It always feels awesome when something I shared on Twitter is retweeted so many times, my phone starts to chirp. That is what happened on Tuesday when I heard the news that the winners of this year’s Google Science Fair were all girls.
Comments on the retweets included “Woohoo! Get it, girls!” “This news makes me so happy,” Who runs the world…,” “That’s awesome!” and “Hooray!” Were these tweets from anti-boy feminists? Heck no! But I get asked that question, either indirectly or directly, when I cheer on a headline about girls running the table at a competition. Spelling bee, chess, science fair, mathlete, and so on.
I am sensitive to how the cheering looks. Believe me, I do. I went through a very long and deep “Girls Rule, Boys Drool” phase. It wasn’t until I was a mom and raising my daughter that I was smacked in the face with the complexity of raising a pro-girl girl without making it sound like we were being anti-boy.
I am also aware that the tide is changing. Women are going to college more then men (that’s been happening since at least the 1990s) and girls are the majority of high school valedictorians. I get it. And yes, more women are heading into science, especially the fields the girls did their experiments in (chemistry, medicine, environmental science, biochemistry). But that does not mean we can’t jump up and cheer when we see three brilliant young women win like this.
This is why. Even for someone who has a degree in biological sciences, sees the progress on a daily basis, and watches first hand young women evolve into promising researchers, the “Girls don’t do science” taunts just never seem to fully go away. For some of the women in my life who were talked out of science, told they can’t do math or all the above, headlines like this are validation that their third grade teacher was wrong, wrong, WRONG! And yes, for some of us, it is also just plain and simple celebrating that 39 years after Title IX, a mere two generations, we are witnessing what it truly an exhibit of girl power. Three young women unafraid of their brain power holding some pretty kick ass LEGO trophies.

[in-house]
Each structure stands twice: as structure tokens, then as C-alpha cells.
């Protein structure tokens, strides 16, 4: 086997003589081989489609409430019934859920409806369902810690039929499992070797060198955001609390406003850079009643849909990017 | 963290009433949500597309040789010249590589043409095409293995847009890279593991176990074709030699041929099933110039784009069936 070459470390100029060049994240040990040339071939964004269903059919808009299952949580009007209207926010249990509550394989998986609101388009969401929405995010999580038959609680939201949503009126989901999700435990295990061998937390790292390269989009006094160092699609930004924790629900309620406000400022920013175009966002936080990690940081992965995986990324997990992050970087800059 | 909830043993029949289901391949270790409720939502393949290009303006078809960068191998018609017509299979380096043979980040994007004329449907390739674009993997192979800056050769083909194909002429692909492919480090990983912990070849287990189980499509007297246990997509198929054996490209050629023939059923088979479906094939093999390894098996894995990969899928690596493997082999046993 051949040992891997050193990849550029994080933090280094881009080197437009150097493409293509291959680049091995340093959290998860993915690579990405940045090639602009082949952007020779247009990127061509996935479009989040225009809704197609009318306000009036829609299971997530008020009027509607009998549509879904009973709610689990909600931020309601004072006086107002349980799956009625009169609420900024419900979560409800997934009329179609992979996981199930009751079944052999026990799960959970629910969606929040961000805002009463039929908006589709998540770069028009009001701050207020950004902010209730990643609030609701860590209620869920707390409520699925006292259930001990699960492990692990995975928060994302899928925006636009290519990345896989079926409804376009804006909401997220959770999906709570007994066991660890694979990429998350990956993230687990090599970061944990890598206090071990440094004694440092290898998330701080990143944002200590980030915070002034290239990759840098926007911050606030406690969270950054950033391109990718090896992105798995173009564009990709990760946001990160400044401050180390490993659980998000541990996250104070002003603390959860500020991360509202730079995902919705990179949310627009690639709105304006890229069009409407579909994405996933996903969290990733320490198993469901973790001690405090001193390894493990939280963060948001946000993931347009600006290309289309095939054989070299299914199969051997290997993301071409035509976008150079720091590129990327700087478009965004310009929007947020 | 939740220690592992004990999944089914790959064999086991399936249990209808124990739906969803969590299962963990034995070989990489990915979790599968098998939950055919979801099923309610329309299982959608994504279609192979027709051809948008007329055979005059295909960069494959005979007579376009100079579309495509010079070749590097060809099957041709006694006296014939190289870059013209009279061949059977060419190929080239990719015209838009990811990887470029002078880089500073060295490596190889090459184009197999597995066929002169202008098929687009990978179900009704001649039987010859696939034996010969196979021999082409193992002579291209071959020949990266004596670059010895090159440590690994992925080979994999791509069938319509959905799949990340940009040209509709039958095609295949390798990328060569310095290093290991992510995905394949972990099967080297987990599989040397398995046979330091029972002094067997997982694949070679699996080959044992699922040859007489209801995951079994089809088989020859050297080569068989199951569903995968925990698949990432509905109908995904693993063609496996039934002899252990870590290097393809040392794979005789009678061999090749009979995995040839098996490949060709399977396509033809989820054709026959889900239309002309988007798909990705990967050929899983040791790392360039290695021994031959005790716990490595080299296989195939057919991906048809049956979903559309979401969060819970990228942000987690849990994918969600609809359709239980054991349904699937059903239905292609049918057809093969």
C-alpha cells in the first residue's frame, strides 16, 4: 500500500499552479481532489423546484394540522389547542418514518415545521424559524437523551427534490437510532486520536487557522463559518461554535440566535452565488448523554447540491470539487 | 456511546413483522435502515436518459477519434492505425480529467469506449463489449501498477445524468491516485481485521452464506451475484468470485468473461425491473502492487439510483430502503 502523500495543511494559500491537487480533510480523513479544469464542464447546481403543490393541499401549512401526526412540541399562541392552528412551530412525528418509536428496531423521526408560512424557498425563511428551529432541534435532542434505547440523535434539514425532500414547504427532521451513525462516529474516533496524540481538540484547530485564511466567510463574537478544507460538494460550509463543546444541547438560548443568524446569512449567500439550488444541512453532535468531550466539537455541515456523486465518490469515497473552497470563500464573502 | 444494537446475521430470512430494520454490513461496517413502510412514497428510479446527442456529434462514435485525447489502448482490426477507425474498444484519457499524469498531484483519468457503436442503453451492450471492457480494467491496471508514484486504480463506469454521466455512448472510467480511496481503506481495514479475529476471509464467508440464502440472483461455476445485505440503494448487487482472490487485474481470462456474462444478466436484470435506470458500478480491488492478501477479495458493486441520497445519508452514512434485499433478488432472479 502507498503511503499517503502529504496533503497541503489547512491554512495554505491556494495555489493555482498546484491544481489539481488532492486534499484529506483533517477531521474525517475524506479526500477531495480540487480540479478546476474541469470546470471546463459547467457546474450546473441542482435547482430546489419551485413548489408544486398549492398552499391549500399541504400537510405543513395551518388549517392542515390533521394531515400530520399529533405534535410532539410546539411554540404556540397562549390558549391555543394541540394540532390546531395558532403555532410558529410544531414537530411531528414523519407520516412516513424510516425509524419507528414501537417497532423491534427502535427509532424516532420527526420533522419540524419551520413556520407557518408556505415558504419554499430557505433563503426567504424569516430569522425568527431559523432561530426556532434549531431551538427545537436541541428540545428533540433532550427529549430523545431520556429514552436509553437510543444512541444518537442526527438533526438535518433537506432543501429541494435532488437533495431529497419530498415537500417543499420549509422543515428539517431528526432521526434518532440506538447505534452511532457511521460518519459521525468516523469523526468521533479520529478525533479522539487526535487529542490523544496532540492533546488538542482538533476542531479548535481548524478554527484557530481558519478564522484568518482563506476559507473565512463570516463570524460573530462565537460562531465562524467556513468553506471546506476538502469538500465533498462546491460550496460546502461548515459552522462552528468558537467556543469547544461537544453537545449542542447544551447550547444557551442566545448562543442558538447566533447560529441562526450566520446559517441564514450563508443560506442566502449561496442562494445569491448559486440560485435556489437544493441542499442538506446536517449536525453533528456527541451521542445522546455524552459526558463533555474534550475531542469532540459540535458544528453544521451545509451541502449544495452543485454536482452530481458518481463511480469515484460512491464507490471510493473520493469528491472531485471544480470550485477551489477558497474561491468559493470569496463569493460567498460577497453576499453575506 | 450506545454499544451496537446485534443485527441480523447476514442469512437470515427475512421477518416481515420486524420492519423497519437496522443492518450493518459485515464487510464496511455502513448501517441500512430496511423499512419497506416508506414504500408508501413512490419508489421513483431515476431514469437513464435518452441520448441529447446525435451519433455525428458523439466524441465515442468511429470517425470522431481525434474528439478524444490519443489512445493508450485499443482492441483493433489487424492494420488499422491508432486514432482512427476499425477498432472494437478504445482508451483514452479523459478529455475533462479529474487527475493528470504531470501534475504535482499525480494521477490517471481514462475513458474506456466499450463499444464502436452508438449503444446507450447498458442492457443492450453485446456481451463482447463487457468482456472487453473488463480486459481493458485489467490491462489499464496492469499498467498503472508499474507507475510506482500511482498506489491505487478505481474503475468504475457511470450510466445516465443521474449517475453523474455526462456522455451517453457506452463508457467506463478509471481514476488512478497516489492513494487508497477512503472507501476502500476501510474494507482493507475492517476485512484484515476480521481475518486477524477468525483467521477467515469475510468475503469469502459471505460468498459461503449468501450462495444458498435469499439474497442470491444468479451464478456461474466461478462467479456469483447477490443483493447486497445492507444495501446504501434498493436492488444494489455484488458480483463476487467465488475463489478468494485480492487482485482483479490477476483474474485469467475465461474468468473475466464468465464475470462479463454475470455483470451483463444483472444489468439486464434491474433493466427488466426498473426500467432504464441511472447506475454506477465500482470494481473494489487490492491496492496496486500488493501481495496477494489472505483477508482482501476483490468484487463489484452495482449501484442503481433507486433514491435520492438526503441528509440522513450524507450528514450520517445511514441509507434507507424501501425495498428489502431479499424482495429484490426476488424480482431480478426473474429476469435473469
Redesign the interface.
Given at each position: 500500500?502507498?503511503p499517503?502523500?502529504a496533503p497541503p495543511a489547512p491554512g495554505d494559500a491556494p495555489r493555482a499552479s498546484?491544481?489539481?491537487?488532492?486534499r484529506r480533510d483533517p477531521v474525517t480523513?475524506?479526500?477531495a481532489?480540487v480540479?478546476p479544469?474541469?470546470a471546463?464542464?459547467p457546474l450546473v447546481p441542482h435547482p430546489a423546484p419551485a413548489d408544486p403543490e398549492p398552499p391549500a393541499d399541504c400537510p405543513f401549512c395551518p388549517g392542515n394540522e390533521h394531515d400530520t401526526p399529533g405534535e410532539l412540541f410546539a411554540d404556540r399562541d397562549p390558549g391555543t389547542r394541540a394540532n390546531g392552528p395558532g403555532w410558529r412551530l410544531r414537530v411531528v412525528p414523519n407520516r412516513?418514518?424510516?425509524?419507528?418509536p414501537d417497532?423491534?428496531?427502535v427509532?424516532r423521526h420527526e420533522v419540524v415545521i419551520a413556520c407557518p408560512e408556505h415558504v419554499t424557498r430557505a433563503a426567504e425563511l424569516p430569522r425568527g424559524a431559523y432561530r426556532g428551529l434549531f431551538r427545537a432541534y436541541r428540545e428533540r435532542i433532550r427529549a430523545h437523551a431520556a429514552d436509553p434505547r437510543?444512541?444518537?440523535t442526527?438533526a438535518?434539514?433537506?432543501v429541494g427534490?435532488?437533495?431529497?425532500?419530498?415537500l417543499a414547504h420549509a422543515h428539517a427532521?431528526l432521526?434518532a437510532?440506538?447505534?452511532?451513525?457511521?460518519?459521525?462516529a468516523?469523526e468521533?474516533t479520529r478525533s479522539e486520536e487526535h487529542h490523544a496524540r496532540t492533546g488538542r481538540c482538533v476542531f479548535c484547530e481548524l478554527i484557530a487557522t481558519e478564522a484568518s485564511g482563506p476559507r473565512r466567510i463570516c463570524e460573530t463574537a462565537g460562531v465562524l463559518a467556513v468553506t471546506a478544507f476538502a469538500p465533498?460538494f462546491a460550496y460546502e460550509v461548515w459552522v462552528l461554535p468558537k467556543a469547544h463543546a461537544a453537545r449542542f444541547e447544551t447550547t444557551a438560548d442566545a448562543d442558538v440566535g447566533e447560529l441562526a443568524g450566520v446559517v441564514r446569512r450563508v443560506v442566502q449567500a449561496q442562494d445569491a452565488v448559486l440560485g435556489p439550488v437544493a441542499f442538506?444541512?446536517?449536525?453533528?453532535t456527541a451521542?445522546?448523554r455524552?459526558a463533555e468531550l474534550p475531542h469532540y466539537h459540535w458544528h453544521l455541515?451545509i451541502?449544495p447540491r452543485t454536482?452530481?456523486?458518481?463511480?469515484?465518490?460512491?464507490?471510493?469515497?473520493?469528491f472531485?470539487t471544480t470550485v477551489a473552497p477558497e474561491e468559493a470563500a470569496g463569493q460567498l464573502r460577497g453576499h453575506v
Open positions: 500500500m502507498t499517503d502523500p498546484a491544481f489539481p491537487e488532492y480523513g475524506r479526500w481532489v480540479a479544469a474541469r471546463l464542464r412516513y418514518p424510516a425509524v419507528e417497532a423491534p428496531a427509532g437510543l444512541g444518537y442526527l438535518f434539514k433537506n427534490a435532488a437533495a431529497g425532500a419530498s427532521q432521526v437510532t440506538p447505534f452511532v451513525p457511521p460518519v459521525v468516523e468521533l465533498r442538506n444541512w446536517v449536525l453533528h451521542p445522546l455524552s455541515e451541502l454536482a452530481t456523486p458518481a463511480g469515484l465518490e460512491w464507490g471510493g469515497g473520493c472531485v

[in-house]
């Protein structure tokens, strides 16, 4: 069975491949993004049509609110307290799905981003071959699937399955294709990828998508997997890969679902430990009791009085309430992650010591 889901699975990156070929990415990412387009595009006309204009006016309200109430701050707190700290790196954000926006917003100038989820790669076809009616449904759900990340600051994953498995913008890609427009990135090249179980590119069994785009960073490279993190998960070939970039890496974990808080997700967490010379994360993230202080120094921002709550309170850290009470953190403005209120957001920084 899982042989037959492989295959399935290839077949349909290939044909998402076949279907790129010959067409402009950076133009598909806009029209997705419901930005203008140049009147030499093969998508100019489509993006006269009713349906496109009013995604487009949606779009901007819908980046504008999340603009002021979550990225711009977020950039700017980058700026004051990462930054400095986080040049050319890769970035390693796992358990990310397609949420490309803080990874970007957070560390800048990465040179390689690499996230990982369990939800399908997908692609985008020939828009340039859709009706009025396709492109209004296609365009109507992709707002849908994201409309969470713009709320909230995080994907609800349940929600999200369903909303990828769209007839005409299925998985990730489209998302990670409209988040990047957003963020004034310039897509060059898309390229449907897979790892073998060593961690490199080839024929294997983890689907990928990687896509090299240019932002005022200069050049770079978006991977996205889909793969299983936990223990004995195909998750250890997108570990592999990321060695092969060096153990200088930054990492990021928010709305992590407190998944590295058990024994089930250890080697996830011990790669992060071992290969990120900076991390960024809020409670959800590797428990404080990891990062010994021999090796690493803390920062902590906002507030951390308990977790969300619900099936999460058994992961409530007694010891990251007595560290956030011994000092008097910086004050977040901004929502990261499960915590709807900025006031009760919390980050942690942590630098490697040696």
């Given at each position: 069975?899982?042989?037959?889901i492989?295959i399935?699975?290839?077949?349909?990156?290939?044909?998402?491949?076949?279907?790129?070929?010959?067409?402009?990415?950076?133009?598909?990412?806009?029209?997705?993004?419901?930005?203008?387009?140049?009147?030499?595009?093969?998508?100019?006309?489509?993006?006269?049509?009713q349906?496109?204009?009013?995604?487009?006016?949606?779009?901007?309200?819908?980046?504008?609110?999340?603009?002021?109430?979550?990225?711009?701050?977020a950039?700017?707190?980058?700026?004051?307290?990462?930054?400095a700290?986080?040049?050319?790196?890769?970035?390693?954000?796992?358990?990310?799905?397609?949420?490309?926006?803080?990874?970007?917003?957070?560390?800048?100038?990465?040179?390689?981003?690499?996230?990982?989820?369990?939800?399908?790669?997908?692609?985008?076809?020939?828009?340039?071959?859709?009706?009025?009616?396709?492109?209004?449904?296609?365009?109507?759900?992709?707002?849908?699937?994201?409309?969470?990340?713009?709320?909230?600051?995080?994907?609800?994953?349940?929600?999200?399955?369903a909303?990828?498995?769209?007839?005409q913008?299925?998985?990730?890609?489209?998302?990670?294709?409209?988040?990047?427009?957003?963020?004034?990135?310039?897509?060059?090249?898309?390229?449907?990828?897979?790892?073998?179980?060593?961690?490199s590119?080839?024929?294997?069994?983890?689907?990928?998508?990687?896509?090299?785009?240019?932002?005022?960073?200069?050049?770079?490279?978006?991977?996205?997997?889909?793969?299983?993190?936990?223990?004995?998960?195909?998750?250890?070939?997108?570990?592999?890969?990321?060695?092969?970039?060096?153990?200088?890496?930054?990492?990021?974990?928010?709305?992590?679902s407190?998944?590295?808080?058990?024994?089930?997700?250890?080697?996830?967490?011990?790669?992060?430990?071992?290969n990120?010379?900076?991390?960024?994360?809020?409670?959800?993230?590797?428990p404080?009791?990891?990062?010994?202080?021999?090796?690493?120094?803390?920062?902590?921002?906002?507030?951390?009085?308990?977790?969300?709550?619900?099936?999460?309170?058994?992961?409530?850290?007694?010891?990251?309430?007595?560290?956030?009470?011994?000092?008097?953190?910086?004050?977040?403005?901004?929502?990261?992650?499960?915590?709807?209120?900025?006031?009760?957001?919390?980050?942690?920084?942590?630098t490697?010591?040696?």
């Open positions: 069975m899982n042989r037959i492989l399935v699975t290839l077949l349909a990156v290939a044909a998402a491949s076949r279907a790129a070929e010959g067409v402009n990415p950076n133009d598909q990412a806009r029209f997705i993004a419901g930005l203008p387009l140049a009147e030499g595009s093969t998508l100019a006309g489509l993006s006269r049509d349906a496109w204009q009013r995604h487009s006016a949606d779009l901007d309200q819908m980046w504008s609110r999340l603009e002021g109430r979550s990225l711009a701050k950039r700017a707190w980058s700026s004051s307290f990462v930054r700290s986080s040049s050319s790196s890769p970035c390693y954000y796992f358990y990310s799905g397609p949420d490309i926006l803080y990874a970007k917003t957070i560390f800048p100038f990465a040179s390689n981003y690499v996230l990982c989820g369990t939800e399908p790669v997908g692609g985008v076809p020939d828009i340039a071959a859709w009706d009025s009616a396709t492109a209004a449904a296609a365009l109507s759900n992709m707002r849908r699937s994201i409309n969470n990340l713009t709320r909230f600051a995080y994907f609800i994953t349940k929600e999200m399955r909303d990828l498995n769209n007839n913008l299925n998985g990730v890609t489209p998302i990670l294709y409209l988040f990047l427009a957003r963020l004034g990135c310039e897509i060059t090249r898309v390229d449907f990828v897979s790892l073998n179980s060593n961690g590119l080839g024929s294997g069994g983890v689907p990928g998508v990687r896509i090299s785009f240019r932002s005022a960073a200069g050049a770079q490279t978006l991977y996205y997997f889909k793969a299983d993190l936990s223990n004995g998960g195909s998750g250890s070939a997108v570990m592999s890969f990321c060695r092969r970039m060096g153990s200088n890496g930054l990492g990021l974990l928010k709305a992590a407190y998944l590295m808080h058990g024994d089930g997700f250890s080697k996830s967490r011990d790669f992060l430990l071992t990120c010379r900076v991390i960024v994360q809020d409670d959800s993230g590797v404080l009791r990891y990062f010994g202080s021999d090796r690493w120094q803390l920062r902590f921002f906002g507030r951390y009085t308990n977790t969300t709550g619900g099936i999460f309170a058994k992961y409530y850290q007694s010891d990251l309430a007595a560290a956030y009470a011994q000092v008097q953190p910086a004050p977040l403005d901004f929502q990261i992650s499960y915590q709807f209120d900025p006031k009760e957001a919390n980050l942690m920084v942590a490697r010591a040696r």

In the end, no matter how far we have come, women and girls in science still have a long way to go until we get to not just parity in numbers, but parity in leadership roles, paid fairly and so on. Until we get to that utopia called “parity” I’ll be cheering on all our victories, large and small.